- Last year you spoke on the need to reconsider the mission of PhD studies. Did something happen here? Are they now considered more important than before?
- As of now, PhD programmes are almost entirely financed by the University's funds. We ensure a better quality of education, thereby creating motivation for youngsters to master a foreign language, publish own articles in top-ranked scientific journals, and eventually build their career - as members of teaching staff or researchers - at the University. We provide an opportunity for postgraduates to present their PhD theses at the Mining University and at the same time earn a PhD degree from one of the world's best engineering universities, with German, Austrian, and educational institutions of other countries being among them.
It all costs a lot. Hence annual investments in one PhD student vary between 900,000 and 2,300,000 roubles. High-quality education is expensive; we understand that and purposefully develop and improve PhD programmes. The share of our students who manage to finalise their studies in time currently equals about 70%. It is a good result, thanks to which almost half of our academic research staff is represented by employees aged under 40.
- And can they all realise their potential at the Mining University?
- Being the leader of a sizeable educational body, I know I need to enable the best possible conditions for running scientific experiments resulting in new knowledge while encouraging both students and leading researchers to take part in them. Indeed the progress is not driven by some blurred concept of 'scientific work', instead experiments are the key to progress, which shape tomorrow's technological development of humankind.
We also must work at improving the quality and quantity of publications. Though it is directly linked to research studies, and we are seeing here positive dynamics now. Over the last two years, university researchers delivered an average of 1.5 articles each, and we are expecting 40-45% of their papers to be published in first or second quartile journals during this year. An averaged out citation index for the period of three years should not, in turn, fall below the value of 2.
Back to your question, yes, all the scientists and PhD students who work with us can fulfil themselves. Of course, we have research centres and laboratories, but then there are four flagship universities in Austria, China, Finland, and the UK we partner with, and whose facilities are accessible as well. We are collaborating with reputable foreign scientists, the number of which will have reached 140 by the end of 2021.
- Do you succeed in retaining the best teachers?
- An average salary among our teaching staff members equals 150,000 roubles, which is a proper motivator for employees to keep working at the Mining University and advance in their fields of expertise. We do not only fulfil financial obligations but are also continually working on improving workplaces at departments and providing social benefits. As such, we help with buying real estate worth over one mln roubles and offer sign-on bonuses to young specialists, with monthly payments spread out over three years.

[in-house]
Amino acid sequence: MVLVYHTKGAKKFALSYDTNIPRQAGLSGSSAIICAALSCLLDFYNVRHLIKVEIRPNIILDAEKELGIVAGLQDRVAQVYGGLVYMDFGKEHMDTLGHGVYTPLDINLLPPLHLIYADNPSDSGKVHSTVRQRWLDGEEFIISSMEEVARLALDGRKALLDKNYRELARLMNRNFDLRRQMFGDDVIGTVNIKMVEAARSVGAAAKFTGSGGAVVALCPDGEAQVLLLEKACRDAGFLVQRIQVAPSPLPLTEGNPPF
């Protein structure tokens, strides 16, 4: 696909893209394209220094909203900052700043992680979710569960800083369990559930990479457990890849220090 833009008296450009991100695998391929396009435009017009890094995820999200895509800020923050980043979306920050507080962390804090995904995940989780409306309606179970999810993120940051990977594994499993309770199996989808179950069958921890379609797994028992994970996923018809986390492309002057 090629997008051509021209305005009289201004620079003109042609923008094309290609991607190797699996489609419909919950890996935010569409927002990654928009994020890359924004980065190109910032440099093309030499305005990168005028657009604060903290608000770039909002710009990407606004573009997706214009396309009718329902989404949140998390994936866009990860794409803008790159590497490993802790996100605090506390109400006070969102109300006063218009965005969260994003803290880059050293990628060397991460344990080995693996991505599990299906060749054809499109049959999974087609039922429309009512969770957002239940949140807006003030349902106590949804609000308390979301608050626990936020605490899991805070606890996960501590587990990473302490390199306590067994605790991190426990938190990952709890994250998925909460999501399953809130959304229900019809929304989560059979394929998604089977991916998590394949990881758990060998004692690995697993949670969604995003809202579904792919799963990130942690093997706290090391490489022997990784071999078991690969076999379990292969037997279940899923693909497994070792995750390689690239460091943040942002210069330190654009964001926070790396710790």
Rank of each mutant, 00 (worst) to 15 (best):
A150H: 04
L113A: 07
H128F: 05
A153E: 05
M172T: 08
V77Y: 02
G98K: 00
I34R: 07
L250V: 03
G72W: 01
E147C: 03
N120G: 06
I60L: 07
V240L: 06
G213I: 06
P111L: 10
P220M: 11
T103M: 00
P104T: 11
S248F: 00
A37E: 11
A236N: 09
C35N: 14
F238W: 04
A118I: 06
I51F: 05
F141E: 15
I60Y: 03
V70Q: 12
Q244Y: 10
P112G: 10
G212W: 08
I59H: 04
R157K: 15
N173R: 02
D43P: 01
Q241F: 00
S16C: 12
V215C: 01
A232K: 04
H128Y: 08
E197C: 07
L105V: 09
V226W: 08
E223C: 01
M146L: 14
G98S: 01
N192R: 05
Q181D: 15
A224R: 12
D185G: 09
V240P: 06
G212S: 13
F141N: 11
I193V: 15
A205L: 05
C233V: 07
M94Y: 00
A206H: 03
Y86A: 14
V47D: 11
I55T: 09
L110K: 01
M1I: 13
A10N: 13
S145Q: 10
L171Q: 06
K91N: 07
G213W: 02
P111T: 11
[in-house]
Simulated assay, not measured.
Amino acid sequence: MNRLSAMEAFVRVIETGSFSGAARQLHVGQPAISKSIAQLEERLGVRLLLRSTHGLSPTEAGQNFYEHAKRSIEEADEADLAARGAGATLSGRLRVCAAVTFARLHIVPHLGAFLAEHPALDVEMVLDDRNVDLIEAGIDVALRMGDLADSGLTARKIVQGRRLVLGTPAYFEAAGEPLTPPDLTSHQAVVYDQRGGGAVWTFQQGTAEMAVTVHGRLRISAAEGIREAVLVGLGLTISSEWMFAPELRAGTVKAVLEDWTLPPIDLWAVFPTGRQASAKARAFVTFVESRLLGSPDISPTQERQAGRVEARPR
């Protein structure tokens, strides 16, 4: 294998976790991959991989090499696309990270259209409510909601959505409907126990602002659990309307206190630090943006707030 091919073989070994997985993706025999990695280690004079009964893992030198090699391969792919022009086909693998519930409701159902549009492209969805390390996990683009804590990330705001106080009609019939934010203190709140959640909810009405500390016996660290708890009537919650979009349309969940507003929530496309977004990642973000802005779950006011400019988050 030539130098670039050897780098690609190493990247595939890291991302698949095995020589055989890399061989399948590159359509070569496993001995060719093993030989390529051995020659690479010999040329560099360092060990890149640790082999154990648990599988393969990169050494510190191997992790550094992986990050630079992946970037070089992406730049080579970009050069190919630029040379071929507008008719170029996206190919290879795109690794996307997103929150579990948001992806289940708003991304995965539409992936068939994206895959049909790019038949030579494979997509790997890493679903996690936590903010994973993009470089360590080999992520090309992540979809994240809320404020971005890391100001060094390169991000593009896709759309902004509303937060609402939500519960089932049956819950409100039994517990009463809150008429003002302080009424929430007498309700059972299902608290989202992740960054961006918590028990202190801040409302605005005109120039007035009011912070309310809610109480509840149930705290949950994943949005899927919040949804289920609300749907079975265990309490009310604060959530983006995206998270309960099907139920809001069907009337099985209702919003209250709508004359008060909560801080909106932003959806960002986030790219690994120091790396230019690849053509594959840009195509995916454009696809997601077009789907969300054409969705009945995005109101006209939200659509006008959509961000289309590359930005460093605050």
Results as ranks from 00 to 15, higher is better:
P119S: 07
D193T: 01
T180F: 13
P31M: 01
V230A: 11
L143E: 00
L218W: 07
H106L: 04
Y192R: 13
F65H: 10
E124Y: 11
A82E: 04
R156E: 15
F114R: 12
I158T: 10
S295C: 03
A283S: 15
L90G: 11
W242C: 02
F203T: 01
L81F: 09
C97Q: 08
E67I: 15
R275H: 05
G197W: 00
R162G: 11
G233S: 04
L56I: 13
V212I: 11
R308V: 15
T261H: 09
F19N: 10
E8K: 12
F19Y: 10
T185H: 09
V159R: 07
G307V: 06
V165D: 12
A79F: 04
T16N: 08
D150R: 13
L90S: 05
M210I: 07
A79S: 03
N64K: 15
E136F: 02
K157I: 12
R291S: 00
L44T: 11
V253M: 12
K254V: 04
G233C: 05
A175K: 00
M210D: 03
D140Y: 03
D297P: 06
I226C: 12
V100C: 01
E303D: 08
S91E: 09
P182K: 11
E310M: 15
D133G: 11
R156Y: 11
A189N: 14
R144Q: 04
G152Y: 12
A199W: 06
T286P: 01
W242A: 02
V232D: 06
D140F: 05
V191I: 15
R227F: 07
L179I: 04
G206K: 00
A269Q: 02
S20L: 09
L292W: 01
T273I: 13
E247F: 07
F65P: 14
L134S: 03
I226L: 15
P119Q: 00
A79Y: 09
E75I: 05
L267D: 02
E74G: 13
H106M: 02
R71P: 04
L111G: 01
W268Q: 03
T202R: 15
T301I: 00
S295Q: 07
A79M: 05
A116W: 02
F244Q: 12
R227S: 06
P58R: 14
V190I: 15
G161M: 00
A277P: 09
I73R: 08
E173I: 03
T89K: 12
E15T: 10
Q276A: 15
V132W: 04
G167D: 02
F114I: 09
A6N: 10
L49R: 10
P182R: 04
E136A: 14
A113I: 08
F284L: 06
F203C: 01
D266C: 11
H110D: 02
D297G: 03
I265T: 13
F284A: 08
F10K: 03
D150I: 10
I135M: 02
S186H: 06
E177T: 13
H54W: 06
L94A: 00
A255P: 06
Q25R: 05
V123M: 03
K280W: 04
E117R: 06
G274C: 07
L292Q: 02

- What can you say about the Programme of Academic Strategic Leadership? Are you planning to take part in it?
- It seems to be made by professionals and, provided it gets approved, may turn out to be quite useful. I, on my part, have some objections, notably concerning the evaluation of academic performance. Yet apart from that, as I noted, the programme meets the requirements of the academic community.
We will certainly participate in this programme since we aim to be ranked as high across top universities worldwide as we are now. Furthermore, we are going to strengthen our positions in the rankings by subject because programmes in mining engineering are not the only ones we are promoting.
The most important here is that the programme execution would not lead to the emergence of some new structure with the right to assess universities' performance. I am convinced that it should be up to the Ministry to decide on which digital indicators to introduce for evaluating higher educational institutions, and the Minister's responsibility is to control how they are used and develop a competitive environment, with the most crucial stimulus towards work for the future being transparency of evaluation criteria.
Summing up what I have said, I want to underline that we are not waiting but acting. Our position may be described in the words of Ayn Rand, a Russian-American writer known for developing a philosophical system of Objectivism: "Imitators who are unable to think independently, who supply the market with something they believe meets the typical taste of society, are constantly losing out to innovators whose products increase knowledge and cultivate tastes. It is, therefore, consumers, not manufacturers, who run the free market, and the greatest achievers are those who open up new manufacturing fields, of which no one ever knew before".